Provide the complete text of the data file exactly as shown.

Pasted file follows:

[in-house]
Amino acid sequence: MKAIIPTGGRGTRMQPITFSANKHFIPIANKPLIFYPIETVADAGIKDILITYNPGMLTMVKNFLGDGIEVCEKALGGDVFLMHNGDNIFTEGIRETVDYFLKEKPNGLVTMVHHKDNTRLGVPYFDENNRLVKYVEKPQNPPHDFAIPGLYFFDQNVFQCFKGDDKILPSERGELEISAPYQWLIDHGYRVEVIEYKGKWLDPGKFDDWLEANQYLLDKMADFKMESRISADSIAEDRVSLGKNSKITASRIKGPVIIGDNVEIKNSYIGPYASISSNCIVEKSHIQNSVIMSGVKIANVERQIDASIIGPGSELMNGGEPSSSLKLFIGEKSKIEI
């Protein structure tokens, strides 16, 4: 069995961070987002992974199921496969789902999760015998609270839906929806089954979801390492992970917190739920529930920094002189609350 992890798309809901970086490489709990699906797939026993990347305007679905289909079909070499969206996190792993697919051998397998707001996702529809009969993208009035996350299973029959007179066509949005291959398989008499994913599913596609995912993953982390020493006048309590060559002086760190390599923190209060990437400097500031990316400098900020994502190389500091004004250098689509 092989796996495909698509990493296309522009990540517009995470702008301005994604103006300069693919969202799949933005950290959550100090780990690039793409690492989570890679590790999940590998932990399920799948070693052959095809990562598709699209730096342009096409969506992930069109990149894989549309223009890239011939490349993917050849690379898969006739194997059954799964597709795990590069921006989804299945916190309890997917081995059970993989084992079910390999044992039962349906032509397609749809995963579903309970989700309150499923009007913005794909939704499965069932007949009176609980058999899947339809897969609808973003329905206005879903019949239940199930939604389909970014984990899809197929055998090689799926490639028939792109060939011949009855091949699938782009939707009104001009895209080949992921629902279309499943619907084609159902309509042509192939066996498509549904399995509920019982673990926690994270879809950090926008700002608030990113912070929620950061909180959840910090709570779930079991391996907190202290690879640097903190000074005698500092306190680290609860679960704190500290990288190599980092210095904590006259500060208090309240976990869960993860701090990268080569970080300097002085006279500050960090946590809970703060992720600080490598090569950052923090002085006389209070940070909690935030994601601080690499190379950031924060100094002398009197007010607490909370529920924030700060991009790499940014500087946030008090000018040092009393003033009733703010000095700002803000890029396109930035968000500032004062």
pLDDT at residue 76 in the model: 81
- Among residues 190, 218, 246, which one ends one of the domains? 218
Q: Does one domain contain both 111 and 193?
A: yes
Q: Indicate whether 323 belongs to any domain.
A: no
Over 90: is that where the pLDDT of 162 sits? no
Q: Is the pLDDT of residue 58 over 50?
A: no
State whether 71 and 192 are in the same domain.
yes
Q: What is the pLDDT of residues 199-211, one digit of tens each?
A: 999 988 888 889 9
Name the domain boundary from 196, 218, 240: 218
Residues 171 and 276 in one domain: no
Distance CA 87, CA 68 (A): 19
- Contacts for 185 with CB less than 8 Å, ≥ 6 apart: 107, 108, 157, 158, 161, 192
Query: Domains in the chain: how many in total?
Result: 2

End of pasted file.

[in-house]
Amino acid sequence: MKAIIPTGGRGTRMQPITFSANKHFIPIANKPLIFYPIETVADAGIKDILITYNPGMLTMVKNFLGDGIEVCEKALGGDVFLMHNGDNIFTEGIRETVDYFLKEKPNGLVTMVHHKDNTRLGVPYFDENNRLVKYVEKPQNPPHDFAIPGLYFFDQNVFQCFKGDDKILPSERGELEISAPYQWLIDHGYRVEVIEYKGKWLDPGKFDDWLEANQYLLDKMADFKMESRISADSIAEDRVSLGKNSKITASRIKGPVIIGDNVEIKNSYIGPYASISSNCIVEKSHIQNSVIMSGVKIANVERQIDASIIGPGSELMNGGEPSSSLKLFIGEKSKIEI
């Protein structure tokens, strides 16, 4: 069995961070987002992974199921496969789902999760015998609270839906929806089954979801390492992970917190739920529930920094002189609350 992890798309809901970086490489709990699906797939026993990347305007679905289909079909070499969206996190792993697919051998397998707001996702529809009969993208009035996350299973029959007179066509949005291959398989008499994913599913596609995912993953982390020493006048309590060559002086760190390599923190209060990437400097500031990316400098900020994502190389500091004004250098689509 092989796996495909698509990493296309522009990540517009995470702008301005994604103006300069693919969202799949933005950290959550100090780990690039793409690492989570890679590790999940590998932990399920799948070693052959095809990562598709699209730096342009096409969506992930069109990149894989549309223009890239011939490349993917050849690379898969006739194997059954799964597709795990590069921006989804299945916190309890997917081995059970993989084992079910390999044992039962349906032509397609749809995963579903309970989700309150499923009007913005794909939704499965069932007949009176609980058999899947339809897969609808973003329905206005879903019949239940199930939604389909970014984990899809197929055998090689799926490639028939792109060939011949009855091949699938782009939707009104001009895209080949992921629902279309499943619907084609159902309509042509192939066996498509549904399995509920019982673990926690994270879809950090926008700002608030990113912070929620950061909180959840910090709570779930079991391996907190202290690879640097903190000074005698500092306190680290609860679960704190500290990288190599980092210095904590006259500060208090309240976990869960993860701090990268080569970080300097002085006279500050960090946590809970703060992720600080490598090569950052923090002085006389209070940070909690935030994601601080690499190379950031924060100094002398009197007010607490909370529920924030700060991009790499940014500087946030008090000018040092009393003033009733703010000095700002803000890029396109930035968000500032004062």
pLDDT at residue 76 in the model: 81
- Among residues 190, 218, 246, which one ends one of the domains? 218
Q: Does one domain contain both 111 and 193?
A: yes
Q: Indicate whether 323 belongs to any domain.
A: no
Over 90: is that where the pLDDT of 162 sits? no
Q: Is the pLDDT of residue 58 over 50?
A: no
State whether 71 and 192 are in the same domain.
yes
Q: What is the pLDDT of residues 199-211, one digit of tens each?
A: 999 988 888 889 9
Name the domain boundary from 196, 218, 240: 218
Residues 171 and 276 in one domain: no
Distance CA 87, CA 68 (A): 19
- Contacts for 185 with CB less than 8 Å, ≥ 6 apart: 107, 108, 157, 158, 161, 192
Query: Domains in the chain: how many in total?
Result: 2